The Long-Term Effectiveness of Implementing a Community Habilitation Program for Early Childhood Intervention: a Cluster-Randomized Controlled Trial of the Routines-Based Engagement Classroom Model

  • Hwang, Ai-Wen (PI)
  • Chen, Chia-Ling (CoPI)
  • Kang, Lin-Ju (CoPI)
  • Ko, Chiou-Shiue (CoPI)
  • Su, Hui-Ching (CoPI)
  • Tseng, Shu-Hsien (CoPI)
  • Wang, Shinmin (CoPI)

Project: National Science and Technology CouncilNational Science and Technology Council Academic Grants

Project Details


Ministry of Health and Welfare has proposed related policies of early childhood intervention based on the launch of the Implementation Act of the Convention on the Rights of the Child (Social and Family Affairs Administration, 2014) to promote “participation” and inclusion for children as the human right in clinical and community settings. According to Special Education Law (2013) in Taiwan, the age for inclusion education has been extended down to age 2 years, many young children with special needs now receive both clinical rehabilitation and school-based therapies. The Nobel Prize winning economist James Heckman (2000) and UK Forsight project (2010) forecasted that early intervention and early education program predict later nation wealth and economy. International rehabilitation program for children have taken the advantages of preschools and day-care institutes as a connection between families and community to develop an integrated, sustained and life-long community habilitation program for children. This continuously evolved program was the following project of the pilot study previously funded by the Ministry of Science and Technology [project No.: 105-2314-B-182 -012]). The pilot study consolidated the conceptual framework of the participation-based therapy and routines-based model into a practical model named “The routines-based engagement classroom model (RECM)” which is designed to be applicable to preschool/day-care settings. In contrast to traditional early intervention which focused on body functions and developmental milestones, RECM expands the focus and scope of early intervention to engage family in planning and implementing learning opportunities for the child through participation in developmental activities at home, school, and community. The RECM is now a culturally appropriate model and stresses on the same core concepts with participation-based therapy and routines-based model. The core concepts are “participation”, “family-centered”, “child/family-professional collaboration” and “professional development” . The pilot study indicates that the on-site professional support system can promote the mind set shifting in early intervention. The preliminary data showed the significantly positive relationship between children’ community participation and their family quality of life. Therefore, the purposes of this continuous project are to:(1) Apply implementation science to conduct a randomized controlled trial of the RECM versus traditional intervention in day-care settings (institutes/preschools) ; (2) Investigate the intervention outcomes of the RECM approach compared to a traditional approach; (3) Investigate the implementation outcomes (processes of professional development and family empowerment) of the RECM approach compared to a traditional approach; and (4) Investigate the cost-effectiveness of the RECM approach compared to a traditional approach by economic evaluation. This research is a four-year longitudinal follow-up project with a 2-wave (70 families for each) cluster randomaized control trial. According to the pilot study, we found that all the children benifited from early intervention in the inclusion preschool/institutes. Therefore, the participants are young children with or at risk for developemtal delay and typically developed children aged 2-6 years who experience transition from home to preschool, the professionals (primary service providers), and classroom teachers. The primary outcomes are children’s participation/Engagement in home, community, and school routines, families’ participation in decision making of intervention goal setting and planning, and professionals’ participation in responding to the needs and respecting the choices and actions of families/caregivers. Growth curves trajectories will be plotted across the 7 time points to analyze and compare growth trajectories. Data will be analyzed using two-way ANOVA with group-time interaction. The changes of growth curve are analyzed by hierarchial linear modeling with clusters of preschool and prefession types. The project will form an evidence-based and contextual-appropriate practical model of “Routines-based Engagement Classroom Model” in Taiwan. The multiple outcome indices, process of parent-professional collaboration, and cost-effectiveness analysis will provide the framework of implementing community-based early childhood habilitation services, and the blueprint for professional development.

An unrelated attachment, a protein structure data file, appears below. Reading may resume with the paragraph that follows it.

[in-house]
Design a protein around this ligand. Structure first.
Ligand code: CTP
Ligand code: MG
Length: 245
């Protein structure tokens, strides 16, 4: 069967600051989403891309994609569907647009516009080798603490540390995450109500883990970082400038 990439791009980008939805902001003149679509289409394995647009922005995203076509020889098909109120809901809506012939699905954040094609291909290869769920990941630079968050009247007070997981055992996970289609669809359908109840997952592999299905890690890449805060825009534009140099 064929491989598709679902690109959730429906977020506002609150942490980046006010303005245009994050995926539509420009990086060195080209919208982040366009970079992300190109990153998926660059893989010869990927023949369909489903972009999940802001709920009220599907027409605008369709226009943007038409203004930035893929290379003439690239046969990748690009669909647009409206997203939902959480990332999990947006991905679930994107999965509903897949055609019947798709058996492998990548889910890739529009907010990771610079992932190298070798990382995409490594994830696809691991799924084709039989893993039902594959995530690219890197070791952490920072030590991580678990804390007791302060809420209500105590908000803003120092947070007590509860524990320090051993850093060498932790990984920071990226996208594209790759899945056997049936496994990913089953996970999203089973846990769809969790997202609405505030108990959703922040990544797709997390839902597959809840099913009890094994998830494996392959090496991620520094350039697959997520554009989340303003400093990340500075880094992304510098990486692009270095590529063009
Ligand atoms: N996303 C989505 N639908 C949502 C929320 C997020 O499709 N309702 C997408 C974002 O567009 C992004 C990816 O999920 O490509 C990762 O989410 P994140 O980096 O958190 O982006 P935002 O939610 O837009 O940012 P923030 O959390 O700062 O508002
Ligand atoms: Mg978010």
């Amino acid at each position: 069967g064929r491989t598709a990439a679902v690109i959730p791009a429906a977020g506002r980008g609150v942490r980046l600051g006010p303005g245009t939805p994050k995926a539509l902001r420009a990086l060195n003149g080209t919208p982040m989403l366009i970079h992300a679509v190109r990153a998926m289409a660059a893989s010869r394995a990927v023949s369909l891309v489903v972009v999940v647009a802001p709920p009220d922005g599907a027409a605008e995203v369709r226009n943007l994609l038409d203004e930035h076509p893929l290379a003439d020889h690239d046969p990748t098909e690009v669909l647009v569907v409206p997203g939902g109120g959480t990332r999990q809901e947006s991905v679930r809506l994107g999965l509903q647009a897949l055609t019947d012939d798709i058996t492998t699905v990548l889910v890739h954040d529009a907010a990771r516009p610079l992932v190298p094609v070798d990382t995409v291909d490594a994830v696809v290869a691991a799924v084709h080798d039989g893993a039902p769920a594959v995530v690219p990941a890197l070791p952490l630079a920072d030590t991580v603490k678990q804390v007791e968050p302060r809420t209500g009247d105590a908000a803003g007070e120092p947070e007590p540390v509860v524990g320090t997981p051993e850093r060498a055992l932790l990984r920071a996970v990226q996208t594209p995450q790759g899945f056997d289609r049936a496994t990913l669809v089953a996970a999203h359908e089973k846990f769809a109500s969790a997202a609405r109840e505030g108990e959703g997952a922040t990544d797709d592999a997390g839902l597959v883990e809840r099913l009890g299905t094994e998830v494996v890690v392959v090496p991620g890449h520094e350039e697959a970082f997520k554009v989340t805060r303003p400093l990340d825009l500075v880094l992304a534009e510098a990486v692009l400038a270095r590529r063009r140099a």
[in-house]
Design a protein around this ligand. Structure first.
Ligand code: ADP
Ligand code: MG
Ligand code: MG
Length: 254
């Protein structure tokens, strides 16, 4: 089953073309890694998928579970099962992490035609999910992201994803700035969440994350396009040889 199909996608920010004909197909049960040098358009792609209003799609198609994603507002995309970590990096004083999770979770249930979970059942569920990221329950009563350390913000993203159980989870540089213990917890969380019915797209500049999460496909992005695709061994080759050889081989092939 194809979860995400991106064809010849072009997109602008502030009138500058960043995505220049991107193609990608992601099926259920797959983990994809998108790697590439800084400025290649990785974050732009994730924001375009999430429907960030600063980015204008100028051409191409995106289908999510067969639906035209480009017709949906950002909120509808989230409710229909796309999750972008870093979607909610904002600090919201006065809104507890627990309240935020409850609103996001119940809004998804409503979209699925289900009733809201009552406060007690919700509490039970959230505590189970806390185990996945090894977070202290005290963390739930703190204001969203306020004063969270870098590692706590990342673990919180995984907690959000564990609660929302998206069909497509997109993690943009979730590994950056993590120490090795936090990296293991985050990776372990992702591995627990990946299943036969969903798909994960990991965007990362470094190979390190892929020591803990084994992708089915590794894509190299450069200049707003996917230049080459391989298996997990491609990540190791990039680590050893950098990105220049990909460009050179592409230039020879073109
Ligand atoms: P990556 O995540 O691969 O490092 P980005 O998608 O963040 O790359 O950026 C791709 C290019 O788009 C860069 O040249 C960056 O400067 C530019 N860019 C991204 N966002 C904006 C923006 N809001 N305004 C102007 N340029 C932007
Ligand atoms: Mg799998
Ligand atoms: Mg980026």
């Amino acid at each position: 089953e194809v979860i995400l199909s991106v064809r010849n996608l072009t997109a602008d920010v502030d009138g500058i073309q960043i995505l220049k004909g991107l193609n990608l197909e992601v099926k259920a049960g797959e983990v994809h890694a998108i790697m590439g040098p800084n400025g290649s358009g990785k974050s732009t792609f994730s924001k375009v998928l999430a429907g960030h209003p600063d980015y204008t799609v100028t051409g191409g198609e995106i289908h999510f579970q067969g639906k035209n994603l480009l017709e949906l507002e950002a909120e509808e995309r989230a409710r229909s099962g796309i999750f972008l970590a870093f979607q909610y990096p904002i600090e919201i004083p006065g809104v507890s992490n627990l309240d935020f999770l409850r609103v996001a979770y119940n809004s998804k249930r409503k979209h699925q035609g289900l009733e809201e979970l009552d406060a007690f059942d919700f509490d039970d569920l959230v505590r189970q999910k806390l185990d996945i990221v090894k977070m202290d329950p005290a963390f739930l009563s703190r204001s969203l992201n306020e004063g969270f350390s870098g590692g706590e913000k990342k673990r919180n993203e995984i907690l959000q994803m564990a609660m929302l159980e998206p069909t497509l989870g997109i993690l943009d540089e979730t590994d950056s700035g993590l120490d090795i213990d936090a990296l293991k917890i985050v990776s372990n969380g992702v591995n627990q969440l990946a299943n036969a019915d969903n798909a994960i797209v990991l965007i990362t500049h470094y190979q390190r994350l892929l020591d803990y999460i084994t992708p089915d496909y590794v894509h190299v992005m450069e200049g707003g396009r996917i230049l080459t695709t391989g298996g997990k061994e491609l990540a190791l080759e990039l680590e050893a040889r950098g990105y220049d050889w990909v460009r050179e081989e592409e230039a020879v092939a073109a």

Project IDs

Project ID:PC10608-1475
External Project ID:MOST106-2314-B182-047
Effective start/end date01/08/1731/07/18


  • Early intervention
  • Classroom engagement
  • Routines-based model
  • Family-centered
  • Implementation science
  • Collaborative model


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